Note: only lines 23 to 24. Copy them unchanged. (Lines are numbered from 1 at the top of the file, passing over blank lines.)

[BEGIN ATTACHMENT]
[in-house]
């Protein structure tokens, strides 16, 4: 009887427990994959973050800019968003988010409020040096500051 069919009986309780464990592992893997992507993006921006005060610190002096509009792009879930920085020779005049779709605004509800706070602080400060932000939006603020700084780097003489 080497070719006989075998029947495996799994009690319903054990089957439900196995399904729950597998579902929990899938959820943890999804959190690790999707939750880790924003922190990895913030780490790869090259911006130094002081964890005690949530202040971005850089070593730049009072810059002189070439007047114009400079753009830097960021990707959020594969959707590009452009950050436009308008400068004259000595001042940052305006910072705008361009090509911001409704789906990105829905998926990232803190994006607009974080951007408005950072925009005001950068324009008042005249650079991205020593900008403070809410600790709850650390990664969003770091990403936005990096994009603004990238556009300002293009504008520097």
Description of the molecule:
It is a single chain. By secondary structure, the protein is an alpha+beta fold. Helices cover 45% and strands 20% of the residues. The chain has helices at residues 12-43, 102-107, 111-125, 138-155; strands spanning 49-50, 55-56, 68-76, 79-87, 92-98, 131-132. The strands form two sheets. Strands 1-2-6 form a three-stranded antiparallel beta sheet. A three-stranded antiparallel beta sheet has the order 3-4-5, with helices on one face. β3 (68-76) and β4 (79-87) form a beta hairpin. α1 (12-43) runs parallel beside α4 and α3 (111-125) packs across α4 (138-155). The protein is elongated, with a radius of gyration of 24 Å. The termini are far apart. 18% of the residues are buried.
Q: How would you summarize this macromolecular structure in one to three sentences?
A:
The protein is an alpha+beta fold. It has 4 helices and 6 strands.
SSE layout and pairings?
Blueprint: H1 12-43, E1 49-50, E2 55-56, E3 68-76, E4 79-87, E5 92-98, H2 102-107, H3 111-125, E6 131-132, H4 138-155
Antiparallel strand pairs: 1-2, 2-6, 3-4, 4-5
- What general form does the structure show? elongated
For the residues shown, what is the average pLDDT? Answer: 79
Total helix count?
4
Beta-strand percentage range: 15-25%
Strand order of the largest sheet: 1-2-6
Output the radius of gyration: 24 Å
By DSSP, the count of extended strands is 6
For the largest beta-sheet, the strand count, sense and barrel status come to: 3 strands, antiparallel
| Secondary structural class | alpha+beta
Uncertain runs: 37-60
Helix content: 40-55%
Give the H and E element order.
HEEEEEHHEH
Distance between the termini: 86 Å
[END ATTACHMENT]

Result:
Give the H and E element order.
HEEEEEHHEH